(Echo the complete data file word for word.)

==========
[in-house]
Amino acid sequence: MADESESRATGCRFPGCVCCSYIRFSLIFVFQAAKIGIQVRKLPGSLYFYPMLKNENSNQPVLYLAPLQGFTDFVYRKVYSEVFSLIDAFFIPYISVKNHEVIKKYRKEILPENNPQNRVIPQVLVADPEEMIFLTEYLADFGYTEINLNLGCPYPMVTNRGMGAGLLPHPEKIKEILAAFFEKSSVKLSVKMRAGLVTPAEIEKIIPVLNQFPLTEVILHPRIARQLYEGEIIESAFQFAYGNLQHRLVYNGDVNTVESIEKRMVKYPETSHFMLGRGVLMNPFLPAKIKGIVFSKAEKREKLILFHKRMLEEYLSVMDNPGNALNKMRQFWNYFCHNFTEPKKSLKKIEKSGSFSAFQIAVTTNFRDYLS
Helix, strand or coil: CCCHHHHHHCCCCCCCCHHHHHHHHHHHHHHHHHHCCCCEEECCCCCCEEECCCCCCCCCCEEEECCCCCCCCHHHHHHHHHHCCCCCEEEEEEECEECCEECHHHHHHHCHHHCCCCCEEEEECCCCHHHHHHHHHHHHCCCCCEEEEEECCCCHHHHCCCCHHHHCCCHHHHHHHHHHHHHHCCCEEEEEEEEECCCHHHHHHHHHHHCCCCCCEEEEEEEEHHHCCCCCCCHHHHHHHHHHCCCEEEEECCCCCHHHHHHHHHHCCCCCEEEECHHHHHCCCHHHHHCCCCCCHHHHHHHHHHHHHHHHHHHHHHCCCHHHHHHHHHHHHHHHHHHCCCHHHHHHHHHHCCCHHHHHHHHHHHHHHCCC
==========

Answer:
[in-house]
Amino acid sequence: MADESESRATGCRFPGCVCCSYIRFSLIFVFQAAKIGIQVRKLPGSLYFYPMLKNENSNQPVLYLAPLQGFTDFVYRKVYSEVFSLIDAFFIPYISVKNHEVIKKYRKEILPENNPQNRVIPQVLVADPEEMIFLTEYLADFGYTEINLNLGCPYPMVTNRGMGAGLLPHPEKIKEILAAFFEKSSVKLSVKMRAGLVTPAEIEKIIPVLNQFPLTEVILHPRIARQLYEGEIIESAFQFAYGNLQHRLVYNGDVNTVESIEKRMVKYPETSHFMLGRGVLMNPFLPAKIKGIVFSKAEKREKLILFHKRMLEEYLSVMDNPGNALNKMRQFWNYFCHNFTEPKKSLKKIEKSGSFSAFQIAVTTNFRDYLS
Helix, strand or coil: CCCHHHHHHCCCCCCCCHHHHHHHHHHHHHHHHHHCCCCEEECCCCCCEEECCCCCCCCCCEEEECCCCCCCCHHHHHHHHHHCCCCCEEEEEEECEECCEECHHHHHHHCHHHCCCCCEEEEECCCCHHHHHHHHHHHHCCCCCEEEEEECCCCHHHHCCCCHHHHCCCHHHHHHHHHHHHHHCCCEEEEEEEEECCCHHHHHHHHHHHCCCCCCEEEEEEEEHHHCCCCCCCHHHHHHHHHHCCCEEEEECCCCCHHHHHHHHHHCCCCCEEEECHHHHHCCCHHHHHCCCCCCHHHHHHHHHHHHHHHHHHHHHHCCCHHHHHHHHHHHHHHHHHHCCCHHHHHHHHHHCCCHHHHHHHHHHHHHHCCC